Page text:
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What Are the Causes of Floaters After Laser Eye Treatment?

author image Kate Beck
Kate Beck started writing for online publications in 2005. She worked as a certified ophthalmic technician for 10 years before returning to school to earn a Masters of Fine Arts degree in writing. Beck is currently putting the finishing touches on a novel.
What Are the Causes of Floaters After Laser Eye Treatment?
Floaters that appear after a laser treatment will often disappear over time. Photo Credit eye image by Pali A from <a href='http://www.fotolia.com'>Fotolia.com</a>

Doctors treat a number of eye conditions with lasers, and many patients do not experience complications or side effects from the treatments. In some cases, however, a patient may notice floaters after a laser eye treatment. Floaters will appear as black spots in the vision, often floating in and out of vision. Knowing some of the causes of floaters after laser treatments may help a patient understand the condition.

Capsule Fragments

The natural lens inside the eye turns cloudy with age, and when the cloudiness disrupts vision, an eye surgeon may recommend surgical removal of the cloudy lens, called a cataract. The doctor will remove the cloudy lens and insert a lens implant. The new lens attaches to the thin, clear capsule that housed the natural lens. Over time, a number of patients experience blurry vision due to the capsule turning cloudy. To clear the vision, the doctor will use a laser to make a somewhat circular opening in the capsule. Fragments of the capsule may pass through the patient's vision, but the floaters should clear within a few weeks, according to the All About Vision website. Some people notice occasional floaters, but these should not disrupt vision.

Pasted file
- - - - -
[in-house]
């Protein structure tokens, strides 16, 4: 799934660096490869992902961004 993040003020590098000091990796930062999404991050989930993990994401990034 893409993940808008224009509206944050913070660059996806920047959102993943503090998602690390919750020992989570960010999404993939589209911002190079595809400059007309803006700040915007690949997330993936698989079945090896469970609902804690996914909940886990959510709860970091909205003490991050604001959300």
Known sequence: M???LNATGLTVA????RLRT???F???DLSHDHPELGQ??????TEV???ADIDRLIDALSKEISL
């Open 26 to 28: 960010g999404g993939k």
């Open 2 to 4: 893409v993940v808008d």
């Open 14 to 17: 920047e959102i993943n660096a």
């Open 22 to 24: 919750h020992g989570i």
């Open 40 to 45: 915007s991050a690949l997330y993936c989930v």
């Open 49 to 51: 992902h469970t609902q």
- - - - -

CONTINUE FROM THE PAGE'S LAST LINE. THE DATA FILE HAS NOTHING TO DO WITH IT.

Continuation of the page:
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Laser Effects

Conditions such as diabetic retinopathy require laser treatment on the retina, the light-sensitive layer of tissue that lines the back, inner part of the eye. Diabetic retinopathy results when abnormal blood vessels grow on the retina and leak fluid. To stop the leaking vessels and prevent the growth of new, abnormal vessels, the eye surgeon will use the laser to make small, precise burns on the retina. After the laser treatment, the patient will often experience blurry vision and may notice small spots, reports MayoClinic.com. The spots will not usually move, and they occur as a result of the laser burns on the retina. Over time, the black spots may gradually disappear.


The leaking blood vessels from diabetic retinopathy may cause fluid to leak into the vitreous, the jelly-type substance that fills the back chamber of the eye. People who have this type of bleeding will often see dark spots in their vision, resulting from the leakage into the vitreous, states The University of Michigan Kellogg Eye Center. If the retinopathy or leaking vessels did not respond to treatment, this bleeding may occur after a laser treatment, and this could result in new floaters.

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